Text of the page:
Ventilation and smoke management

For all you guys that have already had a crossfire, what did you do for venting? My understanding is that the water table helps, but if anyone has any feedback I’d appreciate it.

I bought one of these. It works well in my 19’x23’ garage space. WEN 3415T 3-Speed Remote-Controlled Industrial-Strength Air Filtration System (556/702/1044 CFM) https://www.amazon.com/dp/B07KKY81QL/ref=cm_sw_r_cp_apa_i_PTztEbY0WG92W

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With a water table it’s not bad at all. Just open an outside door or window and turn on a fan if it gets cloudy in the shop.

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Remember that a filter even if it is HEPA rated will remove particles…but there are fumes associated with metal cutting.
A window or a door should be opened…and if that is not feasible due to the cold climate…like I have…then you should have an air exchange units or HRV unit to bring in fresh air.
https://www.amazon.ca/BAL-25110-Fresh-Air-Exchanger/dp/B002XLFT0A/ref=sr_1_3?keywords=air+exchanger&qid=1582235618&sr=8-3
this is becoming more and more popular in shops around the world on commercial levels.
this is just a basic home unit…but does wonders when on a shop and you are cutting…welding…grinding…

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I already have an exhaust system hooked up to my two laser cutters, it’s basically the same motor from the large Harbor Freight dust collector ducted to each machine with blast gates and then outside to a rain-capped stack that is about 2 feet taller than my building. (Which non-coincidentally meets Texas’ regulations for industrial painting facility stacks - 1.2 times the height of the building or the nearest structure within, I think, 50 feet.)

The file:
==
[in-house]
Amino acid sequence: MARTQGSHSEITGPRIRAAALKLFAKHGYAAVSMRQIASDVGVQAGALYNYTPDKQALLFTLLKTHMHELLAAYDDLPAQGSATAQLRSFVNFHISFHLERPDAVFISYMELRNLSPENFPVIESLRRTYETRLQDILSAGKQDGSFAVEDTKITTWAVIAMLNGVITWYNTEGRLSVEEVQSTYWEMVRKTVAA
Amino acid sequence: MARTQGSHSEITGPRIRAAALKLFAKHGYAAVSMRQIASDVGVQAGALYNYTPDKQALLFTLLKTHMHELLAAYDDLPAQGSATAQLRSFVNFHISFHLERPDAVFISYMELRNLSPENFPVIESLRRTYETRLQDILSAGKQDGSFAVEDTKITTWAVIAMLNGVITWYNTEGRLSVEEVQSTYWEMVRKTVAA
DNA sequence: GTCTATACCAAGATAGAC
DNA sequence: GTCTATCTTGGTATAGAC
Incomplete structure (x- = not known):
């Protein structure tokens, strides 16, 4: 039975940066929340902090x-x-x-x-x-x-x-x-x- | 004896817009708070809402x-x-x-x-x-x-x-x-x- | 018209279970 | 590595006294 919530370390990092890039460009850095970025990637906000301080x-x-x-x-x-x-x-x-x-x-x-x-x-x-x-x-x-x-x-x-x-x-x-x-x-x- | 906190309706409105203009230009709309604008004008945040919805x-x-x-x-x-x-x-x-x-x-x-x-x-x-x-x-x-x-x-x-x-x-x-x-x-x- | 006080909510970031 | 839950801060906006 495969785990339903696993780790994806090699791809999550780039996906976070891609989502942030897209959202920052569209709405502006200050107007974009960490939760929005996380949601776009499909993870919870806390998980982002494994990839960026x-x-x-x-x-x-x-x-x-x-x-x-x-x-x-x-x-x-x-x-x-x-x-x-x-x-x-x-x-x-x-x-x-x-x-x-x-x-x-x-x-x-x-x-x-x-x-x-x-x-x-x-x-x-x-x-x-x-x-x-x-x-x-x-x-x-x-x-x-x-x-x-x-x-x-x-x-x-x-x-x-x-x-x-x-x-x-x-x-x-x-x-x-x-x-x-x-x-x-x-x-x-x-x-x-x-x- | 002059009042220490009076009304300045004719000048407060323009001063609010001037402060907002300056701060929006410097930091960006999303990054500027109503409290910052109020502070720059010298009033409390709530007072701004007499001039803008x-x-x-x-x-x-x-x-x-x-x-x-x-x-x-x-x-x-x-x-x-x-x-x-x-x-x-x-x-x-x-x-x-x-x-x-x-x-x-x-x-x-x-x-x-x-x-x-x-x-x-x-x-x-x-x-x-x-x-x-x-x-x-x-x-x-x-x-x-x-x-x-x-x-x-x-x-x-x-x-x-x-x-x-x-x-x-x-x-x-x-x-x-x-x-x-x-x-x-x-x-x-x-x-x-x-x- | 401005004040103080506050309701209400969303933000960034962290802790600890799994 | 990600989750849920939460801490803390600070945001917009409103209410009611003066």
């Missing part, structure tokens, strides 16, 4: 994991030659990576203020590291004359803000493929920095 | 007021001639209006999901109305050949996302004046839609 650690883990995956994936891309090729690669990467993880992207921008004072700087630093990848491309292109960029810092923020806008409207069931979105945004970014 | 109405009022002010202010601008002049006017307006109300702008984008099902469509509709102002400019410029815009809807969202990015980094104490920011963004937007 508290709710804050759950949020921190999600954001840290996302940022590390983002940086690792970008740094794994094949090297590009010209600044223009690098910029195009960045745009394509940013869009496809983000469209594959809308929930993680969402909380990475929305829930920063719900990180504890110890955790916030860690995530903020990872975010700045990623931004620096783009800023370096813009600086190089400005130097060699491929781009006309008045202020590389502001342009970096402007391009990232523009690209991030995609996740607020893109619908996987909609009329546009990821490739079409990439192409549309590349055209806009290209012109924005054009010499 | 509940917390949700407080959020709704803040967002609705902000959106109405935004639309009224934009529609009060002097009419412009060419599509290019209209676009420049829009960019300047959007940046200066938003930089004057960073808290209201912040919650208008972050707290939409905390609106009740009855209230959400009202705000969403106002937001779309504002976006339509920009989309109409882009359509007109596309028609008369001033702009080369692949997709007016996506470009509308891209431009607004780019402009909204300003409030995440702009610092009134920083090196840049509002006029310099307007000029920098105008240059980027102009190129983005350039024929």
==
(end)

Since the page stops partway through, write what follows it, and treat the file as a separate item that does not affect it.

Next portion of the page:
The Crossfire Pro is going to take the place of one of the laser cutters, and I’ll probably get a local HVAC shop to build a fume collector shield to place at the rear of the machine. The system is wired into a wall switch and gets turned on any time a laser is powered up. I can also open up one of the laser hoods and use it to evacuate welding smoke or sawdusty air in the building. Another eventual modification is running a third leg and blast gate to a whole shop dust collection pipe system, with a thien baffle or cyclone collector prior to the motor.

It’s not terribly noisy from outside the shop, but I still wouldn’t run it at midnight if you have neighbors.

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I prefer to install a high quality exhaust fan. Undoubtedly one of my best moves in a hot climate like Australia’s was installing a solar roof exhaust fan to get some stress out of the roof on the hottest days of the year. Of course, it depends on your local climate and since I’m not sure where you live, you might want to explore all kinds of alternatives. For us, it worked really well and the company that sold us the solar fan was extremely responsive to all the questions we had in regard to how the fan works and how exactly it can save us money.

welcome @FirstImpact to the forum…is that a dove for peace…of a flying chicken?

sometimes an exhaust fan does ot work for all people…like me…I can not use one from late October till mid April due to the climate…so I am installing a high grade air exchanger to save some heating costs but still exhausting fumes…